CHOIR MUSIC FROM POLAND AND BELGIUM • Herman Engels, cond; Polish R Ch, Cracow • PHÆDRA 92072 (71:14 Text and Translation)
Music by ELSNER, FRANCK, PENDERECKI, VAN NUFFEL, NEES, TINEL, KILAR, VAN DER ROOST, DOBRZYNSKI, GÓRECKI
The rationale behind this disc seems to be that a Flemish conductor leads a Polish choir on a Belgian label. The time covered by this anthology spans most of the 19th to the 21st century, withRead more the latter pieces firmly looking backward to tradition. Its hold on our time does not include much of its major musical movements.
Thus, the first surprise on the disc is the motet by Krzysztof Penderecki, O gloriosa virginum, a surprise because it is almost completely tonal, something not always associated with those works of Penderecki we mostly know. Most of what we know comes from before the 1970s, during which decade his style began to shift toward a greater use of tonality as its organizing principle. The notes give no dates for most of the music on this disc, but this item comes from 2009. This is a side of Penderecki’s music of which we are seldom aware. In this sense, it is coherent with the Trois complaints (2007) of the Belgian composer Vic Nees, a work that completely eschews 20th-century modernism and adopts a mildly chromatic use of tonality.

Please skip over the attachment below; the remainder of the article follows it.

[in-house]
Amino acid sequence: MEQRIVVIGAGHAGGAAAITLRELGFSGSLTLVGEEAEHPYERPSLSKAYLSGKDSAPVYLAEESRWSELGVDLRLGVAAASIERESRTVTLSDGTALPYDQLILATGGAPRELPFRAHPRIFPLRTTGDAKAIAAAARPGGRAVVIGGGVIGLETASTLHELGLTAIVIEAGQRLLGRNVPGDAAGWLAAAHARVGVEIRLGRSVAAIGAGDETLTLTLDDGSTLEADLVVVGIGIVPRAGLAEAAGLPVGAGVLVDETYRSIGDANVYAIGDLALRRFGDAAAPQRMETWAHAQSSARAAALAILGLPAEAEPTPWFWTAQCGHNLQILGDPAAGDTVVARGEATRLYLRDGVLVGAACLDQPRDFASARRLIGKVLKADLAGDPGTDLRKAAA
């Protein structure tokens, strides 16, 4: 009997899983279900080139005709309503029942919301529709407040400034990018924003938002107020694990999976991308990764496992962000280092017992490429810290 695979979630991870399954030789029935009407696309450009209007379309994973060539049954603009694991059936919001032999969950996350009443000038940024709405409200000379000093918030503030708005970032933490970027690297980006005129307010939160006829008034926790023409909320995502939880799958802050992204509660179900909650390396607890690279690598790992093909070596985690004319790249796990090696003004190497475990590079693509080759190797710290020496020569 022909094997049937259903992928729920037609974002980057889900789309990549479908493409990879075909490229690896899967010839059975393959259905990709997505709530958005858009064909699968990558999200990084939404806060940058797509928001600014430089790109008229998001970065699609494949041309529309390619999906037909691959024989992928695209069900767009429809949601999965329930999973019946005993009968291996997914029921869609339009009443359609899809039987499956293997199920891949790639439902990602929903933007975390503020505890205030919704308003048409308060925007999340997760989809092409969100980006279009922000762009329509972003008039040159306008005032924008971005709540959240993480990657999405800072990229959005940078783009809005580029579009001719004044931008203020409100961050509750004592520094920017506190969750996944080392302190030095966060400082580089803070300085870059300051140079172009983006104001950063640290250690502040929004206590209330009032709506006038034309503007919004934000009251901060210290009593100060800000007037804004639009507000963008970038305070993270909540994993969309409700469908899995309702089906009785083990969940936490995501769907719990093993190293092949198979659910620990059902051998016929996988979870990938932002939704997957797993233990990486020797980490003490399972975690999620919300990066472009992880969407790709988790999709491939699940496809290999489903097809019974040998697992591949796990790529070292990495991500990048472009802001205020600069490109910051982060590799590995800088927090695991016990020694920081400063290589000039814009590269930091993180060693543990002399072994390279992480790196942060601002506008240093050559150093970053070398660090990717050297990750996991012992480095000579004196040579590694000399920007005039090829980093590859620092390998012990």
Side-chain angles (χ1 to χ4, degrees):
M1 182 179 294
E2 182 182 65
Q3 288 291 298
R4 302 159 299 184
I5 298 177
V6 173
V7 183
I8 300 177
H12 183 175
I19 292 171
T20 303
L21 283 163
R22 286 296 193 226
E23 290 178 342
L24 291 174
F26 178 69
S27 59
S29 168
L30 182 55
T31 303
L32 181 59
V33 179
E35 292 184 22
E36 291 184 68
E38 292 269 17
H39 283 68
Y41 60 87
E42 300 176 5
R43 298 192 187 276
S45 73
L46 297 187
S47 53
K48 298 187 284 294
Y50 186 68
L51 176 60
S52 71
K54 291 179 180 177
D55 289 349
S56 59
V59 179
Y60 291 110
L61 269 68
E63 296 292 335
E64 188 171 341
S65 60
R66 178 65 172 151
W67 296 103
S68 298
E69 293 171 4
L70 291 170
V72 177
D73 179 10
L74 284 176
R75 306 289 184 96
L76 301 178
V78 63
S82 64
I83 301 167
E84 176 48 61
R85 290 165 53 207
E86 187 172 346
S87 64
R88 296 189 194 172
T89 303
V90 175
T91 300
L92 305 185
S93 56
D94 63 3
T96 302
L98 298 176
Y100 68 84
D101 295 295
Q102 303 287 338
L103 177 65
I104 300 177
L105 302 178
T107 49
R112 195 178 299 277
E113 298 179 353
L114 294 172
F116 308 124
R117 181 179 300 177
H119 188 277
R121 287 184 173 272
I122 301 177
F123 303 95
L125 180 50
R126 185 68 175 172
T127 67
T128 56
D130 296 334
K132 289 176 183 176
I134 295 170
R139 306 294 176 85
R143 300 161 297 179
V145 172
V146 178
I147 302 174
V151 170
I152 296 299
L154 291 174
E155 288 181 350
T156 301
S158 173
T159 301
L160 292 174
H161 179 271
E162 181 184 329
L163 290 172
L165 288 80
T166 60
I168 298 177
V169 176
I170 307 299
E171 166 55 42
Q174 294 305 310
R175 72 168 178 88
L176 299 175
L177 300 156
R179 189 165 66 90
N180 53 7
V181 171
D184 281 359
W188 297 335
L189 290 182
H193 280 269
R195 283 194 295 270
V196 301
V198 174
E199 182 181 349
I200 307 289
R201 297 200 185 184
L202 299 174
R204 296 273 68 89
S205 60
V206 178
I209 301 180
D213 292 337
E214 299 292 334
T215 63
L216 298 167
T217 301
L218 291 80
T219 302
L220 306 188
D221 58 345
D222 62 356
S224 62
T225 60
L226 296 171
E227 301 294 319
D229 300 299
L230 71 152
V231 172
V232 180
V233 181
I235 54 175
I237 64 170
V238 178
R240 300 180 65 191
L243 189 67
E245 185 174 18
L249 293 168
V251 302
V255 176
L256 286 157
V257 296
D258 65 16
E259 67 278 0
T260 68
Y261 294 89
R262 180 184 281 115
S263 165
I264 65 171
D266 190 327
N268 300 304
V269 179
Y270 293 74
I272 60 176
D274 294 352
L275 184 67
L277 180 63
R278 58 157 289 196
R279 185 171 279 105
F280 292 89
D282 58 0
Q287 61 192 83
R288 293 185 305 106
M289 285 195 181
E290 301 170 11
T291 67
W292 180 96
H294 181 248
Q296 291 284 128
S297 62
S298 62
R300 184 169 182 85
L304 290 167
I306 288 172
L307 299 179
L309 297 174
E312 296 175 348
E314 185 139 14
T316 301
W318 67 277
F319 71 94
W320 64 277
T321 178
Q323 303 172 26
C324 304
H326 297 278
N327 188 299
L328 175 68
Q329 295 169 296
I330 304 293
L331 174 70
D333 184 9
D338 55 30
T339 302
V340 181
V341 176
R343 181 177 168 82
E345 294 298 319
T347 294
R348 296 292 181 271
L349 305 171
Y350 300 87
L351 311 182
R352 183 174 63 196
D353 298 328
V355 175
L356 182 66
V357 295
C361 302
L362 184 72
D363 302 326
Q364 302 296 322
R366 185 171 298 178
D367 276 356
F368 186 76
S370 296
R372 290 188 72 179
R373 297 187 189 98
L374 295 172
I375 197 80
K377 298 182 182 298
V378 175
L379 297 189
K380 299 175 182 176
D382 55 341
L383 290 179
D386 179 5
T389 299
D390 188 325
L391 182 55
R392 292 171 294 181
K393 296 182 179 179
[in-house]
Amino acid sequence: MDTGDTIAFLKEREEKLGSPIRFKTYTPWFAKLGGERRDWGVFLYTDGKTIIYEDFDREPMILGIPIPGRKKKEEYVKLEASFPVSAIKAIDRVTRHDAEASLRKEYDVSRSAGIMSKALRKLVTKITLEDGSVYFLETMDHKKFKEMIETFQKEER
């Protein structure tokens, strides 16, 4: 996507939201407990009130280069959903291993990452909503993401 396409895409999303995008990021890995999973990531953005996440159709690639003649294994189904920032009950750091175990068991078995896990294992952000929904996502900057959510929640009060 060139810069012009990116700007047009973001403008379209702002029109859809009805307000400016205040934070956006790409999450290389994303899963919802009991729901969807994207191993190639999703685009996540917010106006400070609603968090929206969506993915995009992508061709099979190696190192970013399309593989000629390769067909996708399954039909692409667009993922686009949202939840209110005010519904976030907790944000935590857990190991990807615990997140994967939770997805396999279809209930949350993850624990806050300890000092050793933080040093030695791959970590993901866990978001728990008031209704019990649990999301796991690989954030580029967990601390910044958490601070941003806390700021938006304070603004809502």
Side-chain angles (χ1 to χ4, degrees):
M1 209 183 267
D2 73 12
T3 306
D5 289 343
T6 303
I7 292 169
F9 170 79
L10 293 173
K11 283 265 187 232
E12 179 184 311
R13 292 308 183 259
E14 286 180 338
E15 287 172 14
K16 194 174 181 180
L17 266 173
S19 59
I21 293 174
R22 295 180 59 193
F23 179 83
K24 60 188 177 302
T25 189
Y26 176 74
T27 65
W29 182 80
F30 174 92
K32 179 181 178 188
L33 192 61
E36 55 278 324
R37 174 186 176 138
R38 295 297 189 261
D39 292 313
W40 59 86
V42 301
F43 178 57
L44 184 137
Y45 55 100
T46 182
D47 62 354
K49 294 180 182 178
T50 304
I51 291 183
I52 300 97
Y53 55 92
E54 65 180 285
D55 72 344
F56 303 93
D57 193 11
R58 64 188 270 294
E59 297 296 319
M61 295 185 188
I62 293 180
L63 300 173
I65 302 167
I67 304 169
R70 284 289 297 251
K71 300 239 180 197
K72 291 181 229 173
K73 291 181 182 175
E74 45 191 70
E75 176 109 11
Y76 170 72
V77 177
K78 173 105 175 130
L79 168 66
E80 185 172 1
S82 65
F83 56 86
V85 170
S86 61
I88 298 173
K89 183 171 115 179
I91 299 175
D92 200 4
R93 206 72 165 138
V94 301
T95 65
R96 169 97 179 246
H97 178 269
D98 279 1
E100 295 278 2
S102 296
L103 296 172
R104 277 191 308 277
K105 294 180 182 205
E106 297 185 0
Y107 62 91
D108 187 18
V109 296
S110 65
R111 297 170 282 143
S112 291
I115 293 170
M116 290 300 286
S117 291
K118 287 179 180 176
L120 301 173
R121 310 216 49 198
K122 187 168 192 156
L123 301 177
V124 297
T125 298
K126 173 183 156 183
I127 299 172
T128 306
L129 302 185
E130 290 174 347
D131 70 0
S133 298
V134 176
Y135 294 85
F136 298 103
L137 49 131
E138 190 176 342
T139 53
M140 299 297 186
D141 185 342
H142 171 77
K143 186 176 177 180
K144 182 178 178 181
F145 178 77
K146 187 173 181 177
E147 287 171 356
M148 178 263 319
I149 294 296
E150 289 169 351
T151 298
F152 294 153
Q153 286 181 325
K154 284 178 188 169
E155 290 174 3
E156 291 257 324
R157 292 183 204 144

The major piece on the recording is Contemplations (2003), by the contemporary Belgian composer Jan van der Roost. Despite occasional organ ruminations in distant keys, and a few choral tone clusters and ostintos, the piece for soloists, chorus, and organ is in the tradition Americans might most easily recognize from the music of, say, Morten Lauridsen.
It is a pleasure, then, to report that the most radical piece on the disc is the last one, by Henryk Górecki, Euntes ibant et flebant (They Wept as They Walked) from 1972, the same year as his Second Symphony. Dissonant responses to the text alternate with passages of simple diatonic harmony, all in a slow web of sound.
It is also a pleasure to report that the Polish Radio Choir is in good shape here. The choice of music does mean, however, that slow contemplation is the dominant musical expression and listening to this recording end to end would bury every piece but Górecki’s, especially as the choir is wrapped in a slightly cavernous acoustic. The texts have no translations.
Ave Maria for chorus & organ in E flat majorby Józef Elsner Performer:
Andrzej Bialko (Organ)
Period: Romantic Written: 1840 Venue: Church of St. Augustine and St. John the Length: 2 Minutes 10 Secs.
Domine non secundum, M 66by César Franck Performer:
Andrzej Bialko (Organ)
Period: Romantic Written: 1865; France Venue: Church of St. Augustine and St. John the Length: 3 Minutes 52 Secs.
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